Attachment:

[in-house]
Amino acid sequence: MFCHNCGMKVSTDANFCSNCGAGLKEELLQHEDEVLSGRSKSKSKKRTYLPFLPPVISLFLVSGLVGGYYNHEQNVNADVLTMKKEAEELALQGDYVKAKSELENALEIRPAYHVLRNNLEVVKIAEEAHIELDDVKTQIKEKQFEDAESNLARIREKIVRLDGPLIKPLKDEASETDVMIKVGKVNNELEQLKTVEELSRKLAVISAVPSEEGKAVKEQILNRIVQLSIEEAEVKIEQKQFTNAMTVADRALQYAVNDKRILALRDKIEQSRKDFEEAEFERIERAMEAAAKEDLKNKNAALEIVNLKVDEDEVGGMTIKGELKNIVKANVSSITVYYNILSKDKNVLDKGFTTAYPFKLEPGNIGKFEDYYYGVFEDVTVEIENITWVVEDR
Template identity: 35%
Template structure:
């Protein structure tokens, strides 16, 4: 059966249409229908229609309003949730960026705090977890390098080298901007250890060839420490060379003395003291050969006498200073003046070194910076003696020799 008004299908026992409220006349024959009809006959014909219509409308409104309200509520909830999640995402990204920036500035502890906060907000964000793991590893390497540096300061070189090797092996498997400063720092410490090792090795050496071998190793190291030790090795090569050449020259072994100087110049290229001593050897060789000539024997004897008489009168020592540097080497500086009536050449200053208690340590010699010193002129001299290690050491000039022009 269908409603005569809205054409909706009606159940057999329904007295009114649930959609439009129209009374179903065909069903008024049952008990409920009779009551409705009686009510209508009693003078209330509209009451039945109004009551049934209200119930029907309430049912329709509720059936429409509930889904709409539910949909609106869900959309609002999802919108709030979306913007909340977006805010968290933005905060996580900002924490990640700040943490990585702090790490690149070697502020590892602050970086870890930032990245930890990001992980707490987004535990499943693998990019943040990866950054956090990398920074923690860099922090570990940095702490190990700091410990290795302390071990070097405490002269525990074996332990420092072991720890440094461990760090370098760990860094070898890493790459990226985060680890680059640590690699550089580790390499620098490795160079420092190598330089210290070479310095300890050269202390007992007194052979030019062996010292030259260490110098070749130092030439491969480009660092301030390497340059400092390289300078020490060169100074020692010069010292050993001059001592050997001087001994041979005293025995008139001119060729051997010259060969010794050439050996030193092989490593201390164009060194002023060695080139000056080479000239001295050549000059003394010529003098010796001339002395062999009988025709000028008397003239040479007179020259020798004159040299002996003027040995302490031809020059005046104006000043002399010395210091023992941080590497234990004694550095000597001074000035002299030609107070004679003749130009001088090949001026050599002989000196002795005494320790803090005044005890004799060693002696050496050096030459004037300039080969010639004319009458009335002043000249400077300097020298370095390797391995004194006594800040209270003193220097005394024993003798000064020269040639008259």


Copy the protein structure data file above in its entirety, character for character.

[in-house]
Amino acid sequence: MFCHNCGMKVSTDANFCSNCGAGLKEELLQHEDEVLSGRSKSKSKKRTYLPFLPPVISLFLVSGLVGGYYNHEQNVNADVLTMKKEAEELALQGDYVKAKSELENALEIRPAYHVLRNNLEVVKIAEEAHIELDDVKTQIKEKQFEDAESNLARIREKIVRLDGPLIKPLKDEASETDVMIKVGKVNNELEQLKTVEELSRKLAVISAVPSEEGKAVKEQILNRIVQLSIEEAEVKIEQKQFTNAMTVADRALQYAVNDKRILALRDKIEQSRKDFEEAEFERIERAMEAAAKEDLKNKNAALEIVNLKVDEDEVGGMTIKGELKNIVKANVSSITVYYNILSKDKNVLDKGFTTAYPFKLEPGNIGKFEDYYYGVFEDVTVEIENITWVVEDR
Template identity: 35%
Template structure:
């Protein structure tokens, strides 16, 4: 059966249409229908229609309003949730960026705090977890390098080298901007250890060839420490060379003395003291050969006498200073003046070194910076003696020799 008004299908026992409220006349024959009809006959014909219509409308409104309200509520909830999640995402990204920036500035502890906060907000964000793991590893390497540096300061070189090797092996498997400063720092410490090792090795050496071998190793190291030790090795090569050449020259072994100087110049290229001593050897060789000539024997004897008489009168020592540097080497500086009536050449200053208690340590010699010193002129001299290690050491000039022009 269908409603005569809205054409909706009606159940057999329904007295009114649930959609439009129209009374179903065909069903008024049952008990409920009779009551409705009686009510209508009693003078209330509209009451039945109004009551049934209200119930029907309430049912329709509720059936429409509930889904709409539910949909609106869900959309609002999802919108709030979306913007909340977006805010968290933005905060996580900002924490990640700040943490990585702090790490690149070697502020590892602050970086870890930032990245930890990001992980707490987004535990499943693998990019943040990866950054956090990398920074923690860099922090570990940095702490190990700091410990290795302390071990070097405490002269525990074996332990420092072991720890440094461990760090370098760990860094070898890493790459990226985060680890680059640590690699550089580790390499620098490795160079420092190598330089210290070479310095300890050269202390007992007194052979030019062996010292030259260490110098070749130092030439491969480009660092301030390497340059400092390289300078020490060169100074020692010069010292050993001059001592050997001087001994041979005293025995008139001119060729051997010259060969010794050439050996030193092989490593201390164009060194002023060695080139000056080479000239001295050549000059003394010529003098010796001339002395062999009988025709000028008397003239040479007179020259020798004159040299002996003027040995302490031809020059005046104006000043002399010395210091023992941080590497234990004694550095000597001074000035002299030609107070004679003749130009001088090949001026050599002989000196002795005494320790803090005044005890004799060693002696050496050096030459004037300039080969010639004319009458009335002043000249400077300097020298370095390797391995004194006594800040209270003193220097005394024993003798000064020269040639008259």